"When there is a hope of success, Egbert, yes; but you know even the fines_ull can be pulled down by a pack of dogs. The Dragon is a splendid ship, an_oes credit alike to King Alfred's first advice, to the plans of the Italia_hipbuilders, and to the workmanship and design of the shipwright of Exeter, and I hope she will long remain to be a scourge to the Danes at sea as the_ave been a scourge to the Saxons on shore; and it is because I hope she i_oing to do such good service to England that I would be careful of her. Yo_ust remember, too, that many of the Danish galleys are far larger than thos_e had to do with to-day. We are not going to gobble them all up as a pik_wallows minnows."
The Dragon had now anchored again, and four days elapsed before any Danis_alleys were seen. At the end of that time six large Danish war-ships wer_erceived in the distance. Edmund and Egbert from the top of the lofty poo_atched them coming.
"They row thirty oars each side," Egbert said, "and are crowded with men. Wha_ay you, Edmund, shall we stop and fight them, or shall the Dragon spread he_ings?"
"We have the advantage of height," Edmund said, "and from our bow and ster_astles can shoot down into them; but if they lie alongside and board us thei_umbers will give them an immense advantage. I should think that we might ru_own one or two of them. The Dragon is much more strongly built than thes_alleys of the Danes, and if when they close round us we have the oars lashe_n both sides as when we are rowing, it will be next to impossible for them t_et alongside except at the stern and bow, which are far too high for them t_limb."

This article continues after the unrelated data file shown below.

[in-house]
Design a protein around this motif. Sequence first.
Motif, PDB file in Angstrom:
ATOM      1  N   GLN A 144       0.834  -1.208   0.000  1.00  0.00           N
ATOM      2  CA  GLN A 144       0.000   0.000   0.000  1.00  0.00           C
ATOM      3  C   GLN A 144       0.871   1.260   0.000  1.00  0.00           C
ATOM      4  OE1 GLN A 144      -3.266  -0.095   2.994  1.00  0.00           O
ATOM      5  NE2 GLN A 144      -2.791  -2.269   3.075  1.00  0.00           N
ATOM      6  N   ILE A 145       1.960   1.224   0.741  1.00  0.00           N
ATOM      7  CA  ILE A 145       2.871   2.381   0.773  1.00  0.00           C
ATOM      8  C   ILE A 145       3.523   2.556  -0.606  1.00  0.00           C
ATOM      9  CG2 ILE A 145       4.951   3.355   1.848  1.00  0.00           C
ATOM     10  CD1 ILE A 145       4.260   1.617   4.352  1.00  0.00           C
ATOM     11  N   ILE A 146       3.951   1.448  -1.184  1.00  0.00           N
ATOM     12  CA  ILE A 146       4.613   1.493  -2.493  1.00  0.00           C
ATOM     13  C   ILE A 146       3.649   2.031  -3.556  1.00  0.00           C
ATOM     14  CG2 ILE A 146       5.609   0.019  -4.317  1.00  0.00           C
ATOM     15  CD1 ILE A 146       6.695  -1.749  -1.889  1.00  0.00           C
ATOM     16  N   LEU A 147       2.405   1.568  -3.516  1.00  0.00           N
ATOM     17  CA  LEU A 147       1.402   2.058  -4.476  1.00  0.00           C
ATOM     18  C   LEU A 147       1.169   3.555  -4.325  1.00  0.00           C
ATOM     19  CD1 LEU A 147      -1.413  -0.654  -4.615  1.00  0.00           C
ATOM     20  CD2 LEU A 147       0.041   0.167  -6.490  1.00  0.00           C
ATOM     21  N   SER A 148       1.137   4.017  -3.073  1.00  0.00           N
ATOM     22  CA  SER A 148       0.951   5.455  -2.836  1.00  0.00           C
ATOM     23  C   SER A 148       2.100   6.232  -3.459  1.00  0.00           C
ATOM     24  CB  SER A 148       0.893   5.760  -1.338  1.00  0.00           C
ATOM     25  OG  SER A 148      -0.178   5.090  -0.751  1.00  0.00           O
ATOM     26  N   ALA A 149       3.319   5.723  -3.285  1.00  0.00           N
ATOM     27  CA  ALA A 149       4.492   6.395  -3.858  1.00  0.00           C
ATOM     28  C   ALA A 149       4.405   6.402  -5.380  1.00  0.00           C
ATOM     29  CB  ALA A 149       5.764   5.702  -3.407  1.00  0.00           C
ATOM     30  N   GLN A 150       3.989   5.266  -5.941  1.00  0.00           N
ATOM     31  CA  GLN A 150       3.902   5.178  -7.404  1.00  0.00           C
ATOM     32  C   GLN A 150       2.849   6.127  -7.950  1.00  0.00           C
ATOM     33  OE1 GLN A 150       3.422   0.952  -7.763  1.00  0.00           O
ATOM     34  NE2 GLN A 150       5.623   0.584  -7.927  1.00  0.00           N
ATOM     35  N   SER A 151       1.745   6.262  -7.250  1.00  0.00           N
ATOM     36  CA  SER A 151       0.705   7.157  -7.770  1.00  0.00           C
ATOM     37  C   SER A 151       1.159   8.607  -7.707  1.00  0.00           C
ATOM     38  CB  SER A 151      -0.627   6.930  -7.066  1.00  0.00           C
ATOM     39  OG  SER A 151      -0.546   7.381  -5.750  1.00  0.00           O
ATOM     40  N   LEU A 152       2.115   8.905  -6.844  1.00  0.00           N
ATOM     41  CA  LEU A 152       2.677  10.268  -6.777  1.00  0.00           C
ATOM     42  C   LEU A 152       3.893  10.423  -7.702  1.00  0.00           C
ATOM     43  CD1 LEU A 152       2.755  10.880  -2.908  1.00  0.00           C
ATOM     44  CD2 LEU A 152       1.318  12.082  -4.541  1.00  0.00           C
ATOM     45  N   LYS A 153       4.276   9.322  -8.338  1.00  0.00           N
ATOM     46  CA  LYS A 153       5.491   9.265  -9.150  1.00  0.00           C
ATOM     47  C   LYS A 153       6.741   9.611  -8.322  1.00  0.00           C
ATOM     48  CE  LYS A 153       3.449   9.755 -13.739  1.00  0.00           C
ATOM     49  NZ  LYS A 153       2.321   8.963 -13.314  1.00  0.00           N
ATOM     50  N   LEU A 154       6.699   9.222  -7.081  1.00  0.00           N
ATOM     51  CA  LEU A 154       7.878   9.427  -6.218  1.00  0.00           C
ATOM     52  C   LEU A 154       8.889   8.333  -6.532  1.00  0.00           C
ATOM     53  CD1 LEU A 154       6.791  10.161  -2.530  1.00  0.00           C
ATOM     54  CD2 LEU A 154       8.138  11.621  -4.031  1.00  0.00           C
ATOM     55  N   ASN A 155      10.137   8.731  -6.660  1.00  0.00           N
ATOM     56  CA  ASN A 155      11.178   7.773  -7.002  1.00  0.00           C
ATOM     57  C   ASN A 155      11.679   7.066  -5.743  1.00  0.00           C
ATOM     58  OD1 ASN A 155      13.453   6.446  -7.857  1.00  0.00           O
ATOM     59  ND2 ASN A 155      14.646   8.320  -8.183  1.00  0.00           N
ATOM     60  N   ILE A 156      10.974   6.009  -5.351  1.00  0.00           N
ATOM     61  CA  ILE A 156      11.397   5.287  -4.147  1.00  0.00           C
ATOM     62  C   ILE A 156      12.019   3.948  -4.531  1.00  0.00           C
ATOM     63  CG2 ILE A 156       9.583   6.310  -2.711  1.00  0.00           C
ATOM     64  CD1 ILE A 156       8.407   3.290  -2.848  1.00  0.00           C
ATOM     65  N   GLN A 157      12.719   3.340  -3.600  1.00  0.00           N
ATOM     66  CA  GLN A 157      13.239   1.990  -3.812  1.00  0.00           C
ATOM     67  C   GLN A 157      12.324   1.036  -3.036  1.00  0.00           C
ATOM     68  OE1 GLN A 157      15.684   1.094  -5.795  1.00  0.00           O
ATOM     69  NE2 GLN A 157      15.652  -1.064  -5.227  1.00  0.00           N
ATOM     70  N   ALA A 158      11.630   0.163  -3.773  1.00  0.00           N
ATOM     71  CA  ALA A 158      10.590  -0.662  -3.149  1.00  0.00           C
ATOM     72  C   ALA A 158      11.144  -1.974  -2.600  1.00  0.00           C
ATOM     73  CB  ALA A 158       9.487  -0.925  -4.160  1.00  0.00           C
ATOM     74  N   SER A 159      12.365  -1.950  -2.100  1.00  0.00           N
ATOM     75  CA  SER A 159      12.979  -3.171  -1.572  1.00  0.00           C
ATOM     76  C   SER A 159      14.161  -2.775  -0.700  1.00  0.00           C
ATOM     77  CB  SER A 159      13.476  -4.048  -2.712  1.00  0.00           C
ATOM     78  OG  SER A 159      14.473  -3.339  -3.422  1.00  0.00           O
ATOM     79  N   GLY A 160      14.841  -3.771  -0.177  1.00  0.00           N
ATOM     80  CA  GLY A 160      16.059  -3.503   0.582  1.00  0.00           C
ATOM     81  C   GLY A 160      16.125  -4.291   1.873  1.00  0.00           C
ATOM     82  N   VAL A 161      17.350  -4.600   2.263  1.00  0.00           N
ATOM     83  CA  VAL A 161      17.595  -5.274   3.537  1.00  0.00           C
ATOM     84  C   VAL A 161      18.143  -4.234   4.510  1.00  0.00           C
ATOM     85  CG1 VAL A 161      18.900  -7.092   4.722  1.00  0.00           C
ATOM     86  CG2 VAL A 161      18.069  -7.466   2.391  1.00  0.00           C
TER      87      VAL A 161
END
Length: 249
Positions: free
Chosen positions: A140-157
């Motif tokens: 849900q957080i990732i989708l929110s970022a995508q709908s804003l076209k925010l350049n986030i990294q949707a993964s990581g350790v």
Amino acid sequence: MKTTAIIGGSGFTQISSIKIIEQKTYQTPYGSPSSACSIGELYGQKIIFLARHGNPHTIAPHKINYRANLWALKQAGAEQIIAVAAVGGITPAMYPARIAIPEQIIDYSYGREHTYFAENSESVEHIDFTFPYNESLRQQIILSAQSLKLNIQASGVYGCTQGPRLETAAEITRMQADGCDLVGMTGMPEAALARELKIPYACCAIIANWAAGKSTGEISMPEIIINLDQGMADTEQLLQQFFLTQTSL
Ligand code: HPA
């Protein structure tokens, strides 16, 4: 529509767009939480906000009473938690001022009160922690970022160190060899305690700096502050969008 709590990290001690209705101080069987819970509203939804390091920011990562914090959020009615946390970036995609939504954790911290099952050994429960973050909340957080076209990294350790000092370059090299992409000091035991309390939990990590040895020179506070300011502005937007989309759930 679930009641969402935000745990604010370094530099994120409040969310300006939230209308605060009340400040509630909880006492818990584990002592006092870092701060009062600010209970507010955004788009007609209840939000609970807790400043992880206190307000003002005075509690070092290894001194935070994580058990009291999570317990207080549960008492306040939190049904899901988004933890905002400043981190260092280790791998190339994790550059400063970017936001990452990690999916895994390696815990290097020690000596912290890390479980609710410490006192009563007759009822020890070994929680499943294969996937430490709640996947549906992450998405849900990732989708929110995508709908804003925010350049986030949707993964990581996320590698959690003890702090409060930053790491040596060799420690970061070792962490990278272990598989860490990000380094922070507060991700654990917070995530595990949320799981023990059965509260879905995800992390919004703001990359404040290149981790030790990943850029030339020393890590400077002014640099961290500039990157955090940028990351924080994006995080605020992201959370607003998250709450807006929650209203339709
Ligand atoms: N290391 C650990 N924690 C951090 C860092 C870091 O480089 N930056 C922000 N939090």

"Very well," Egbert said, "if you are ready to fight, you may be sure I am."
The anchor was got up and the oars manned, and the Dragon quietly advance_owards the Danish boats. The men were instructed to row slowly, and it wa_ot until within a hundred yards of the leading galley that the order wa_iven to row hard.
The men strained at the tough oars, and the Dragon leapt ahead to meet th_oe. Her bow was pointed as if she would have passed close by the side of th_anish galley, which was crowded with men. When close to her, however, th_elmsman pushed the tiller across and the Dragon swept straight down upon her.
A shout of dismay rose from the Danes, a hasty volley of arrows and darts wa_urled at the Dragon, and the helmsman strove to avoid the collision, but i_ain. The Dragon struck her on the beam, the frail craft broke up like an egg- shell under the blow, and sank almost instantly under the bows of the Dragon.
Without heeding the men struggling thickly in the water, the Dragon continue_er course. Warned by the fate of the first boat, the next endeavoured t_void her path. Her commander shouted orders. The rowers on one side backe_hile those on the other pulled, but she was not quite quick enough. Th_ragon struck her a few feet from the stern, cutting her in two.
The other galleys now closed in alongside. The Saxons hastily fastened thei_ars as they had been rowing and then betook themselves to their posts, thos_ith spears and swords to the sides to prevent the enemy from climbing up, th_rchers to the lofty castles at either end. The Danes had the greates_ifficulty in getting alongside, the oars keeping the galleys at a distance.